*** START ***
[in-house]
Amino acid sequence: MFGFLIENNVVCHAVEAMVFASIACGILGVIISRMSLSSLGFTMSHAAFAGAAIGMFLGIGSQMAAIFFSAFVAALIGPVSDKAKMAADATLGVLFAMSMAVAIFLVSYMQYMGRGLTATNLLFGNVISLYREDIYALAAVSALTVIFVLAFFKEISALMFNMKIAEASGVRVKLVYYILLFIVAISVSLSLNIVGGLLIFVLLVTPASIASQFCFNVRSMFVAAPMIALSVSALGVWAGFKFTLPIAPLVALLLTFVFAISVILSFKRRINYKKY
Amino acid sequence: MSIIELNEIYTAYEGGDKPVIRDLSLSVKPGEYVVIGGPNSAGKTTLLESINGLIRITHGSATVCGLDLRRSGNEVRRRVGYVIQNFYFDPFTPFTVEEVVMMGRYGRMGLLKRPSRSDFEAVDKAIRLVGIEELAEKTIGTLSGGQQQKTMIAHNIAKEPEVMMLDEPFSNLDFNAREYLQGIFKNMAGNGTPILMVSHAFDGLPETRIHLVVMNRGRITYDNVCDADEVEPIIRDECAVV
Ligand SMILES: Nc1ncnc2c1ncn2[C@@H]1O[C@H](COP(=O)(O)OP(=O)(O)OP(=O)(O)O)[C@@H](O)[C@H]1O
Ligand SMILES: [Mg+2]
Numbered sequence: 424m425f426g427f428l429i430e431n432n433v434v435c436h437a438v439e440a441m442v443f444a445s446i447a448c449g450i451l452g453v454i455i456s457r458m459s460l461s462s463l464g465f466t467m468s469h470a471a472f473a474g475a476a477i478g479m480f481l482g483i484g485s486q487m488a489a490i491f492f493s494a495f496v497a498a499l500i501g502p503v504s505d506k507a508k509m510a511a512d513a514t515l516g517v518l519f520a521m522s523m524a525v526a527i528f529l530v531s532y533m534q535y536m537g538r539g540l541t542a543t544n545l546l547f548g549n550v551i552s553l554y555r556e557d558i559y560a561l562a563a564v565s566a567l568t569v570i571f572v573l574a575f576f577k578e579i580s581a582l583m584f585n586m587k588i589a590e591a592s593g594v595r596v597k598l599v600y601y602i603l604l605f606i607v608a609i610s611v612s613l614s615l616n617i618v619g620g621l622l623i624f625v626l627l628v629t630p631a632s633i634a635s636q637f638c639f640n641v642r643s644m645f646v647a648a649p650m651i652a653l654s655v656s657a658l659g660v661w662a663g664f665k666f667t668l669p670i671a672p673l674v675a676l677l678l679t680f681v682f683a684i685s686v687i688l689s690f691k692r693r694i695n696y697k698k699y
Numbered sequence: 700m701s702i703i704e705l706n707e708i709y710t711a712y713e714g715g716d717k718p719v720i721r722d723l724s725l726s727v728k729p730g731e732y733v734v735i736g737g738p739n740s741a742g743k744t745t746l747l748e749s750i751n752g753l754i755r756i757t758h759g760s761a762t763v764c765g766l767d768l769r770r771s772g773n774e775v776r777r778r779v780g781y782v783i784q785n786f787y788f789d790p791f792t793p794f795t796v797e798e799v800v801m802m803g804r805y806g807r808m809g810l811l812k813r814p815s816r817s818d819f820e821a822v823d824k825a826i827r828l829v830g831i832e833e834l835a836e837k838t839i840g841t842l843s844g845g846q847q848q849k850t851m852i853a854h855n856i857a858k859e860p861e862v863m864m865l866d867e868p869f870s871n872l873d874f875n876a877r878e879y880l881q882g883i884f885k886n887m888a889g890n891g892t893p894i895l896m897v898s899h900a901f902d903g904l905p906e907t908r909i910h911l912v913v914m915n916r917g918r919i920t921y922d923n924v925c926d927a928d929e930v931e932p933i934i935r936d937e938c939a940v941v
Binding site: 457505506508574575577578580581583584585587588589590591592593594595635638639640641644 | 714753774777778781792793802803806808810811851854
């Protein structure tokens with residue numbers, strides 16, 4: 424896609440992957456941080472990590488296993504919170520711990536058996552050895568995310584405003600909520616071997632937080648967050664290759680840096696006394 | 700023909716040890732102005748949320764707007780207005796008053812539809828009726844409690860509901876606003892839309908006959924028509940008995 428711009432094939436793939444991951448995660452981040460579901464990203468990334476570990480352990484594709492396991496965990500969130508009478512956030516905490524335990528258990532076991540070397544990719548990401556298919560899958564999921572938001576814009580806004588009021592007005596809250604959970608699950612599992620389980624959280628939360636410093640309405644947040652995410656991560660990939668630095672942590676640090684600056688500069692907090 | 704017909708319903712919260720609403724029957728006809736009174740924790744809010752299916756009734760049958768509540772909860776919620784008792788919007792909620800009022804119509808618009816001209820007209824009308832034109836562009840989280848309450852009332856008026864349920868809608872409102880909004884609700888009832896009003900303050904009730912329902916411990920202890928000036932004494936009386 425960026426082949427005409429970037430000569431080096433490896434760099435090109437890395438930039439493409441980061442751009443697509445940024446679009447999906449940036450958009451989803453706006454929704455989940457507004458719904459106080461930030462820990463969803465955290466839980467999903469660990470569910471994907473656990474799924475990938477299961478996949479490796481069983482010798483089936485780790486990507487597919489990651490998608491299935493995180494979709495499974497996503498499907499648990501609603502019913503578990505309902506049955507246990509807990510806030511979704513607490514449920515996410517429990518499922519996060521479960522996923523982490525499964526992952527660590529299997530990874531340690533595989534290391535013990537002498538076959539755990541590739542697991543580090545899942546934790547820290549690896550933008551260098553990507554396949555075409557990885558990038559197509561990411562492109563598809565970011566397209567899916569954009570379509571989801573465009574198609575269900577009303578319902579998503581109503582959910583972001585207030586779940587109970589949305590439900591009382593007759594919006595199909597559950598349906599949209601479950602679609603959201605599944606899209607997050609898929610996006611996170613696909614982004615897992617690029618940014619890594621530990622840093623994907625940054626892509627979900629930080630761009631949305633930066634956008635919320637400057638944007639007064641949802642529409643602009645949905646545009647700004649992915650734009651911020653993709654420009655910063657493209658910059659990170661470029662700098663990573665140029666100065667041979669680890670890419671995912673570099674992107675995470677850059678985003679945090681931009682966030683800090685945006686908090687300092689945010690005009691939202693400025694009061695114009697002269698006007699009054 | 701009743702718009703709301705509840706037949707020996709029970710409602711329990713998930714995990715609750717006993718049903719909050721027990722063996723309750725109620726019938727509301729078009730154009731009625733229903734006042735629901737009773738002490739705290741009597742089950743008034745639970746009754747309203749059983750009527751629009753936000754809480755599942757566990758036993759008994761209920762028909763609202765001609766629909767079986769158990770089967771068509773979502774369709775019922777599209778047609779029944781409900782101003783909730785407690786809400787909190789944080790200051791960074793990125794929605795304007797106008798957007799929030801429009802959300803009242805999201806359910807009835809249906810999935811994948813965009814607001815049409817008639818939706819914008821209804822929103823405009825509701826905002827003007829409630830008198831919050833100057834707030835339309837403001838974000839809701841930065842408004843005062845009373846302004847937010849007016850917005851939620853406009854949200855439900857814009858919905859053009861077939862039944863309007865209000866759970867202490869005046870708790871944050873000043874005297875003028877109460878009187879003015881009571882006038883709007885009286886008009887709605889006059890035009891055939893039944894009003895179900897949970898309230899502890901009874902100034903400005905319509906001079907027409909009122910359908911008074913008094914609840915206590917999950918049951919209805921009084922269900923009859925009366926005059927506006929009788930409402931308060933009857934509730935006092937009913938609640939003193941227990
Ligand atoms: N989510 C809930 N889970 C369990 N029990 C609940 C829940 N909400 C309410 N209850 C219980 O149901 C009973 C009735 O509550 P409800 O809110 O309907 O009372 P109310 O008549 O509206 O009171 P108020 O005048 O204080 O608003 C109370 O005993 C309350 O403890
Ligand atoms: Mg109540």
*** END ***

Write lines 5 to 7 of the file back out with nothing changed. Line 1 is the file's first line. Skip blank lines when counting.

Ligand SMILES: [Mg+2]
Numbered sequence: 424m425f426g427f428l429i430e431n432n433v434v435c436h437a438v439e440a441m442v443f444a445s446i447a448c449g450i451l452g453v454i455i456s457r458m459s460l461s462s463l464g465f466t467m468s469h470a471a472f473a474g475a476a477i478g479m480f481l482g483i484g485s486q487m488a489a490i491f492f493s494a495f496v497a498a499l500i501g502p503v504s505d506k507a508k509m510a511a512d513a514t515l516g517v518l519f520a521m522s523m524a525v526a527i528f529l530v531s532y533m534q535y536m537g538r539g540l541t542a543t544n545l546l547f548g549n550v551i552s553l554y555r556e557d558i559y560a561l562a563a564v565s566a567l568t569v570i571f572v573l574a575f576f577k578e579i580s581a582l583m584f585n586m587k588i589a590e591a592s593g594v595r596v597k598l599v600y601y602i603l604l605f606i607v608a609i610s611v612s613l614s615l616n617i618v619g620g621l622l623i624f625v626l627l628v629t630p631a632s633i634a635s636q637f638c639f640n641v642r643s644m645f646v647a648a649p650m651i652a653l654s655v656s657a658l659g660v661w662a663g664f665k666f667t668l669p670i671a672p673l674v675a676l677l678l679t680f681v682f683a684i685s686v687i688l689s690f691k692r693r694i695n696y697k698k699y
Numbered sequence: 700m701s702i703i704e705l706n707e708i709y710t711a712y713e714g715g716d717k718p719v720i721r722d723l724s725l726s727v728k729p730g731e732y733v734v735i736g737g738p739n740s741a742g743k744t745t746l747l748e749s750i751n752g753l754i755r756i757t758h759g760s761a762t763v764c765g766l767d768l769r770r771s772g773n774e775v776r777r778r779v780g781y782v783i784q785n786f787y788f789d790p791f792t793p794f795t796v797e798e799v800v801m802m803g804r805y806g807r808m809g810l811l812k813r814p815s816r817s818d819f820e821a822v823d824k825a826i827r828l829v830g831i832e833e834l835a836e837k838t839i840g841t842l843s844g845g846q847q848q849k850t851m852i853a854h855n856i857a858k859e860p861e862v863m864m865l866d867e868p869f870s871n872l873d874f875n876a877r878e879y880l881q882g883i884f885k886n887m888a889g890n891g892t893p894i895l896m897v898s899h900a901f902d903g904l905p906e907t908r909i910h911l912v913v914m915n916r917g918r919i920t921y922d923n924v925c926d927a928d929e930v931e932p933i934i935r936d937e938c939a940v941v